A blasting accident during construction of a second pipeline in 1981 ruptured the old pipeline, causing gas to be released and prompting the evacuation of northern portions of Sandisfield. With the construction of this new pipeline, Sugar Shack says Kinder Morgan was also blasting in close proximity to two existing live gas pipelines.

“This cavalier attitude on the part of Kinder Morgan — and their discernible lack of concern over unforeseen consequences suffered by local residents, pipeline workers, as well as the general public in the event of a potentially deadly accident — greatly encouraged this action,” Sugar Shack spokesperson Susan Triolo said.

Another beautiful morning at Lower Spectacle Pond. Photo: Ben Hillman

Another beautiful morning at Lower Spectacle Pond. Photo: Ben Hillman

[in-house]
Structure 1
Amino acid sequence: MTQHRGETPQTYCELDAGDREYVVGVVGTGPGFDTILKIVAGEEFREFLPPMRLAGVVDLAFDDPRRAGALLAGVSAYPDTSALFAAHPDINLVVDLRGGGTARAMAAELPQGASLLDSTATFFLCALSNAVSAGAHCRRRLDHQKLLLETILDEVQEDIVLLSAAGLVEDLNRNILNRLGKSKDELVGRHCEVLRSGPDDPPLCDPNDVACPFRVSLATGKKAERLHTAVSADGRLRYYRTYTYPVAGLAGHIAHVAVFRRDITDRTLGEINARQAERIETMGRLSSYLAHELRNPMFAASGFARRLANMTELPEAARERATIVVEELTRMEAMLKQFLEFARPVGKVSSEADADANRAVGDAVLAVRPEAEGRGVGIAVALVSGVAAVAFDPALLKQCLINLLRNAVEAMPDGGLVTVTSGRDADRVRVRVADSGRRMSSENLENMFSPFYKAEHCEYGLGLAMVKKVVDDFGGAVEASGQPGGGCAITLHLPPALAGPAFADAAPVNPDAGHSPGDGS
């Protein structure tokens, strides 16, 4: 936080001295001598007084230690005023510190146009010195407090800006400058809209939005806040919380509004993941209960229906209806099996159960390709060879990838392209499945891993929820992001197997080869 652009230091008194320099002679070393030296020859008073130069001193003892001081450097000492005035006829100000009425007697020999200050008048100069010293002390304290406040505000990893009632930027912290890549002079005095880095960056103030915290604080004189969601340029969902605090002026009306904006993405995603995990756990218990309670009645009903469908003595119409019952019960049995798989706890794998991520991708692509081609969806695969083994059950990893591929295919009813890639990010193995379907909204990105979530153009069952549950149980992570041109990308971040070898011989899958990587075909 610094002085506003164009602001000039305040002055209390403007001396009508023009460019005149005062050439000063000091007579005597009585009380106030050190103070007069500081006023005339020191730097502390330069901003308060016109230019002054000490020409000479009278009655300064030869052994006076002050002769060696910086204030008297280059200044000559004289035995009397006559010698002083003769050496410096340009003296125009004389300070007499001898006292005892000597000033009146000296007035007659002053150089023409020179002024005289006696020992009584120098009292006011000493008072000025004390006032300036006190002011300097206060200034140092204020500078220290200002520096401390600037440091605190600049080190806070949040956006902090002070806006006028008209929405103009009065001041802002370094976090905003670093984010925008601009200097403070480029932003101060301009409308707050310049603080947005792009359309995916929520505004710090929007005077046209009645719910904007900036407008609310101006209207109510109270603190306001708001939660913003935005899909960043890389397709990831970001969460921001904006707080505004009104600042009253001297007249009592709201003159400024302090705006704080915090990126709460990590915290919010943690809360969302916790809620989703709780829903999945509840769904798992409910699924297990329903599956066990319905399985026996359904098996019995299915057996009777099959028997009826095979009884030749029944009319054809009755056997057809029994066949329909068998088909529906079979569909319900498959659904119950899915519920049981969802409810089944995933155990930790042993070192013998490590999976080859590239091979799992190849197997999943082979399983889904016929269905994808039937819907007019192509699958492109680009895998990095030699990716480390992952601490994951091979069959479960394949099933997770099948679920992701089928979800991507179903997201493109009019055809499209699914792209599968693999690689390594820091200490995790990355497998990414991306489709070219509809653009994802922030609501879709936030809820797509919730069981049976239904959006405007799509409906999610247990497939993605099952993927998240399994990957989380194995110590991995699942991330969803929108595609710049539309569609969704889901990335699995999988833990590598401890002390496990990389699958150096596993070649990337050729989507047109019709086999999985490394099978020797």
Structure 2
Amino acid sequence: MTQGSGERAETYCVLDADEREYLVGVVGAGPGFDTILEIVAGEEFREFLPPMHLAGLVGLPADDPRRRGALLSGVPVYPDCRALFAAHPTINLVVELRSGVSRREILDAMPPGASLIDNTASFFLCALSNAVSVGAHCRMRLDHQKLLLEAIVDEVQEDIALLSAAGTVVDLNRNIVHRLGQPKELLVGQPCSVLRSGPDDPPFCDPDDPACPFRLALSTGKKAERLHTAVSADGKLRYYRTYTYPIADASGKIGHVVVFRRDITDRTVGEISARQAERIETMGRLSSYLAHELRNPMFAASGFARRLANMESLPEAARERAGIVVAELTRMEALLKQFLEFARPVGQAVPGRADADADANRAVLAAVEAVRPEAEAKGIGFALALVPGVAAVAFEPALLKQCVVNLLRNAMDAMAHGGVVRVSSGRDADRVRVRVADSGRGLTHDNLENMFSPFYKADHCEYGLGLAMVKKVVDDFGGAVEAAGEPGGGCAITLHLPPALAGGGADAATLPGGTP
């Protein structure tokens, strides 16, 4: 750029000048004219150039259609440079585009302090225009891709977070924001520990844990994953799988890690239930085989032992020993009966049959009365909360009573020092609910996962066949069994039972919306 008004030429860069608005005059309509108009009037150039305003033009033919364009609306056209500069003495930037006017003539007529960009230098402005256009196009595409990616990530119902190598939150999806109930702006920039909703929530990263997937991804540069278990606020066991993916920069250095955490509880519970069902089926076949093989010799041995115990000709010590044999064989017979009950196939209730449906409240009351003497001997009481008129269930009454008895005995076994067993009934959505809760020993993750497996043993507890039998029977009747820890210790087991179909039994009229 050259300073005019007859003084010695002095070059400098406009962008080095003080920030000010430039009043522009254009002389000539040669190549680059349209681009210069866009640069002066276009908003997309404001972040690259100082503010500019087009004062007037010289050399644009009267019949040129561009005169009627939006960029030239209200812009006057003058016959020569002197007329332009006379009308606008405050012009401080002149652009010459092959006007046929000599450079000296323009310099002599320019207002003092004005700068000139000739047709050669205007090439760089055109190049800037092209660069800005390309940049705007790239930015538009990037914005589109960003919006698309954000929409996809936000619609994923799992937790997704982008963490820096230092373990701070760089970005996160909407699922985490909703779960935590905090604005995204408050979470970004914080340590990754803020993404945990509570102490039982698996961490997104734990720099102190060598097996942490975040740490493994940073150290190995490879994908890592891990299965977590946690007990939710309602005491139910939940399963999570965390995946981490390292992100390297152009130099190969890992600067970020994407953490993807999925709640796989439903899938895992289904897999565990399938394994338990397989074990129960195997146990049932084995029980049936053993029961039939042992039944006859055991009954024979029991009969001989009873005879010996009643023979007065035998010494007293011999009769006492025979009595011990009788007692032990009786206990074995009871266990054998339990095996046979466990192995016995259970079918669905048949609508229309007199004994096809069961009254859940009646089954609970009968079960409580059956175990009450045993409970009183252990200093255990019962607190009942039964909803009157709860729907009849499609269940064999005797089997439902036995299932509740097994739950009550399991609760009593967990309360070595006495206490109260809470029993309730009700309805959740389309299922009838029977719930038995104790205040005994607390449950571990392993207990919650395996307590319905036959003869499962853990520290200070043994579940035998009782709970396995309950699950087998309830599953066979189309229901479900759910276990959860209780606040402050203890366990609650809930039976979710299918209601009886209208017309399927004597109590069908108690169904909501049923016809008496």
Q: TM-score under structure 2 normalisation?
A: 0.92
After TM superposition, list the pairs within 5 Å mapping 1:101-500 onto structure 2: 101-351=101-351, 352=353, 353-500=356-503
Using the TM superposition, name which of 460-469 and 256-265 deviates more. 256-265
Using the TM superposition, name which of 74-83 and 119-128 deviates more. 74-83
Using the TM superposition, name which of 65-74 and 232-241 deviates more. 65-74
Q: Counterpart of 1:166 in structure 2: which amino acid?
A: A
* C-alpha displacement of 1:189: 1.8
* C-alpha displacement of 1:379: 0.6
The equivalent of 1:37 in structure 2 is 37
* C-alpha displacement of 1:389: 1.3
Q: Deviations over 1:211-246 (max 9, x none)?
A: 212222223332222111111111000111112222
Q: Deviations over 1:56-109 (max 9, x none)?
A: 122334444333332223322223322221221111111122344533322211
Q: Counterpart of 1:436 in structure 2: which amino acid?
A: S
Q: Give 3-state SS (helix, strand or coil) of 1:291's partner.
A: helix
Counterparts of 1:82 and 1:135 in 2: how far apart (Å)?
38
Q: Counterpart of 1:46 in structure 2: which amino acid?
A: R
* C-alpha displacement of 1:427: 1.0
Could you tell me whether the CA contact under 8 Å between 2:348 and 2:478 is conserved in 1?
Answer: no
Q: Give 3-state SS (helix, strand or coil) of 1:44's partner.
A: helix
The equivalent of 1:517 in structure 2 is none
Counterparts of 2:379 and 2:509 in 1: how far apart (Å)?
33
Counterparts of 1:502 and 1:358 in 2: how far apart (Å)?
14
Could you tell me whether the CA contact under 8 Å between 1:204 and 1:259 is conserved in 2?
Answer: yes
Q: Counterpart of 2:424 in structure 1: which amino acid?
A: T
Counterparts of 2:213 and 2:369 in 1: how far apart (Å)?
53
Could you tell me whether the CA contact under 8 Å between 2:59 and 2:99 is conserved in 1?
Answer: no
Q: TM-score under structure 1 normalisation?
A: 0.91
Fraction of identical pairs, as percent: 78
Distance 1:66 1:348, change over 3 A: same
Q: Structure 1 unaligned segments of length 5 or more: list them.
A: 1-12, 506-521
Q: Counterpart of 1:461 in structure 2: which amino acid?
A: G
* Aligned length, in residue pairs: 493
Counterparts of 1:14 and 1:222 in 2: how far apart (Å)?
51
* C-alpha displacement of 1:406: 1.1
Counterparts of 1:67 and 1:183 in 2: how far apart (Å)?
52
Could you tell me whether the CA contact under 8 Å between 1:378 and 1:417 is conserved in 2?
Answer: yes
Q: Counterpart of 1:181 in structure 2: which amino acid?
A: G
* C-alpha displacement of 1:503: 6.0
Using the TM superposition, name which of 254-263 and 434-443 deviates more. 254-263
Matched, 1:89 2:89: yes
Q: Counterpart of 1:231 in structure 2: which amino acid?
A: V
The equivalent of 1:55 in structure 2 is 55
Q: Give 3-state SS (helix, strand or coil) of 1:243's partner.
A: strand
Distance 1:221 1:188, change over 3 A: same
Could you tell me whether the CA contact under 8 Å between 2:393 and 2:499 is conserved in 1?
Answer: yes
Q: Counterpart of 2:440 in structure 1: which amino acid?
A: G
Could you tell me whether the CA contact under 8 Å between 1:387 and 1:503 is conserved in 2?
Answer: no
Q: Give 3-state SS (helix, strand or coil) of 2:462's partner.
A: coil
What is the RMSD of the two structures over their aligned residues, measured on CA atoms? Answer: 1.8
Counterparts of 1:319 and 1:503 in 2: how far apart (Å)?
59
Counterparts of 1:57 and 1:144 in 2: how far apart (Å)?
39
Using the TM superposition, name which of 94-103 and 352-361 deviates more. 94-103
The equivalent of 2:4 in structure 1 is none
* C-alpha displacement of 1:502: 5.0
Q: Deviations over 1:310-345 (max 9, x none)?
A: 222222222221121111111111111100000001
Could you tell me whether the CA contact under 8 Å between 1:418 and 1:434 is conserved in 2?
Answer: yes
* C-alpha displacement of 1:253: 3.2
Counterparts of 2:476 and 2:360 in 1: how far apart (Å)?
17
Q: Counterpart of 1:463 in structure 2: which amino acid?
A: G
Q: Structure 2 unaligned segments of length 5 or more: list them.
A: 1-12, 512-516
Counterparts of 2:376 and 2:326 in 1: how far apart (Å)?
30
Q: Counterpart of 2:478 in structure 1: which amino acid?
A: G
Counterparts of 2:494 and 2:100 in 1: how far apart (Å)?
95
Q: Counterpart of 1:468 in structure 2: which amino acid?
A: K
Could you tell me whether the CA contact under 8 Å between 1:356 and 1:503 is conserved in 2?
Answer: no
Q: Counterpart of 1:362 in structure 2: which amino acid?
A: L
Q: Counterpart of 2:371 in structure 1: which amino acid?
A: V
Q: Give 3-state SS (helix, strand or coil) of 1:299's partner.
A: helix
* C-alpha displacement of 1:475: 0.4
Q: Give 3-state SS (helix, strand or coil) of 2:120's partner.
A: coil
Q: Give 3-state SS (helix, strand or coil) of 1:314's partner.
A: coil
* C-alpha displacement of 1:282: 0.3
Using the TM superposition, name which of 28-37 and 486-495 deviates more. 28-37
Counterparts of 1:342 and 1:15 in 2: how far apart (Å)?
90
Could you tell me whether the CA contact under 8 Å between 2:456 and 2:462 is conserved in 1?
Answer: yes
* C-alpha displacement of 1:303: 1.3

In addition, the group says it is “alarmed that once construction is complete, Kinder Morgan will be removing over half a million gallons of water from Lower Spectacle Pond to test their pipes.”

There is currently no available information as to what toxins may be contained in those pipes during construction. The water, warmed during the test process, along with any number of unknown residues, will be discharged down a steep slope of the easement into Spectacle Pond Brook then travel into the Clam River, a designated coldwater fishery.